Are you feeling blue or do you have a case of the mean reds? A new University of Rochester study suggests our ability to perceive color may indeed be flavored by our moods. In two experiments, people who felt sad performed worse on a color accuracy test than those who felt either amused or neutral.
"Data are beginning to emerge supporting the conventional wisdom that people’s emotions influence how colorful the world looks to them," wrote the researchers in their conclusion.
If recent data is to be believed, color may influence cognition and behavior, say the researchers. Experiments have shown "exposure to the color red can subsequently impair performance on challenging cognitive tasks, elevate the perceived attractiveness and health of faces, and reduce food intake," they wrote. Exploring in a similar vein, this team of University of Rochester researchers performed two distinct experiments.
The first began with 129 college students, 83 female, watching either a sad or amusing film clip. After watching the clips, participants were tested for how they were feeling. As expected, those who had watched the sad clip reported more sad feelings, while those who had watched the funny clip experienced greater amusement. Next, the research team tested the participants on color perception accuracy.
Here, the participants viewed 24 separate color patches created in Adobe Photoshop on a computer screen. For each patch, participants indicated whether the color patch was red, yellow, green, or blue. Participants saw each color patch twice, for a total of 48 random trials.
The results from this first experiment indicated sad participants performed worse on a color-perception task than amused participants, yet this was only true for colors along the blue-yellow axis. Along the red-green axis, the tested mood states of participants didn't influence perception accuracy.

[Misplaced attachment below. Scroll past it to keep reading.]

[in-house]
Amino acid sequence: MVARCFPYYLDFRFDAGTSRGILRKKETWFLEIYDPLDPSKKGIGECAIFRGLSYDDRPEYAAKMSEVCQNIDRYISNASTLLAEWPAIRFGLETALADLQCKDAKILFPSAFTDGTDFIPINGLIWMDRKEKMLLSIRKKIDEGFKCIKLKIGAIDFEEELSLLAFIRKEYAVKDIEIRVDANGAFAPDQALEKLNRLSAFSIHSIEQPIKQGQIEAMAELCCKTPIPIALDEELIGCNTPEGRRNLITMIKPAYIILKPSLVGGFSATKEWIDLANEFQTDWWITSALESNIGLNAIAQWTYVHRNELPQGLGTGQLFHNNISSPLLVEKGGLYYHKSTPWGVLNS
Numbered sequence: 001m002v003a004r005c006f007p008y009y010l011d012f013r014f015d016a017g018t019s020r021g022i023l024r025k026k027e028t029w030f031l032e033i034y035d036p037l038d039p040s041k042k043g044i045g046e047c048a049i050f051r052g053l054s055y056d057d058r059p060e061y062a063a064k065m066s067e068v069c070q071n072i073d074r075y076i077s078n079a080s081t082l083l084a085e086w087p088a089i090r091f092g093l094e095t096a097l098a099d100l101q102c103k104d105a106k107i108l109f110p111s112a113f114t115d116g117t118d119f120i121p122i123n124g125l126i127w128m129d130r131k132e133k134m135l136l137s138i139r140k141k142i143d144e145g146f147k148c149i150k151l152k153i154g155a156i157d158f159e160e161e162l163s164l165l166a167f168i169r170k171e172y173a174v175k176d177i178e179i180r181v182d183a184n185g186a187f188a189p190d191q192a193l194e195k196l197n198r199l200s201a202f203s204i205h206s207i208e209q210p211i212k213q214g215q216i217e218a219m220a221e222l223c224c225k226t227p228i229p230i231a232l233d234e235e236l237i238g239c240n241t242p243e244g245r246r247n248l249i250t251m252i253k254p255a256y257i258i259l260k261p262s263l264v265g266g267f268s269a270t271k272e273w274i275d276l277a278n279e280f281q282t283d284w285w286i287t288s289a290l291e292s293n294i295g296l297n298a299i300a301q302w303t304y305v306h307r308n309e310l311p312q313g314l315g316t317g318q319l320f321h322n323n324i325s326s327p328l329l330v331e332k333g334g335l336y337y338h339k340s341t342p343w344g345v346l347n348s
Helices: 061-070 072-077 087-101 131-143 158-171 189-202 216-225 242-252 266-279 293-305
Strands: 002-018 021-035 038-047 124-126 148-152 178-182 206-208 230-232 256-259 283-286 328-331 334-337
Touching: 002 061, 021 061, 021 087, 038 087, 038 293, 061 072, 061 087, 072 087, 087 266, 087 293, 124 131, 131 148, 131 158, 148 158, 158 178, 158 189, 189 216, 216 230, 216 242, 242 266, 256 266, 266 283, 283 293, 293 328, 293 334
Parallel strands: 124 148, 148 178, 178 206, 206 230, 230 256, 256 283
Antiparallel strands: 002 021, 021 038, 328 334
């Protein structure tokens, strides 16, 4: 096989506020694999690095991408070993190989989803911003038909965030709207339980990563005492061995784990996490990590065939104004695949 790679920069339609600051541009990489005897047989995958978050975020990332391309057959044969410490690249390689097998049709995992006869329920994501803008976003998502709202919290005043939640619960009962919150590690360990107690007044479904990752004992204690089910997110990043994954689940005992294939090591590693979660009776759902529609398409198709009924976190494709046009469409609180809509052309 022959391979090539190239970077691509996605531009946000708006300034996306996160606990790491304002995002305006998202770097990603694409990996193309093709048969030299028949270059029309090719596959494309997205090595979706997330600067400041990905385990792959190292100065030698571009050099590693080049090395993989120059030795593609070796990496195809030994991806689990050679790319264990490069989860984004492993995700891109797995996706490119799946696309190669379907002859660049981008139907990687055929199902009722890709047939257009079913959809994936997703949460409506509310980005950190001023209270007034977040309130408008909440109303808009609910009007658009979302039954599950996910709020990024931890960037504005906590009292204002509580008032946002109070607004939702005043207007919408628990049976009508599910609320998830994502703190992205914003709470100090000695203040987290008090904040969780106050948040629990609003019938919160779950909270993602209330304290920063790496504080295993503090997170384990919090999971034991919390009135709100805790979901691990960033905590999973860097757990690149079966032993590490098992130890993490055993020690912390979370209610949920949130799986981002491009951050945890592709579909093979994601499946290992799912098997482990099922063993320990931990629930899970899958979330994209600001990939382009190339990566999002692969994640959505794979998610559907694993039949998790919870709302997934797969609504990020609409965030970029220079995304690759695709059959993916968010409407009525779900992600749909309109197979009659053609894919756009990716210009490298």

Because the results could not indicate whether sadness impaired color perception (or whether amusement enhanced it), the researchers decided to run a second experiment. This time, they roughly followed the guidelines of the first experiment, except instead of half the participants seeing an amusing film clip, they watched a neutral clip. Importantly, the researchers converted all the film clips to gray scale "to control for any possible color-fatigue effect that might have been caused by the films' own colors," they noted.
Following the clips, the participants were tested on both emotional state and color perception. Compared to those who’d watched the neutral clip, sad participants were less accurate in perceiving color along the blue-yellow axis, though equally accurate along the red-green axis.
"We are speculating that dopamine deficiency might influence [perception of blue-yellow] colors, because past research has shown that perception of these colors is affected in clinical disorders in which dopamine plays a role," Dr. Christopher A. Thorstenson, department of clinical and social sciences in psychology, told Medical Daily in an email. "It is very important to note that we did not measure dopamine, and so cannot say if this is the case."
Source: Thorstenson CA, Pazda AD, Elliot AJ. Sadness Impairs Color Perception. Psychological Science. 2015.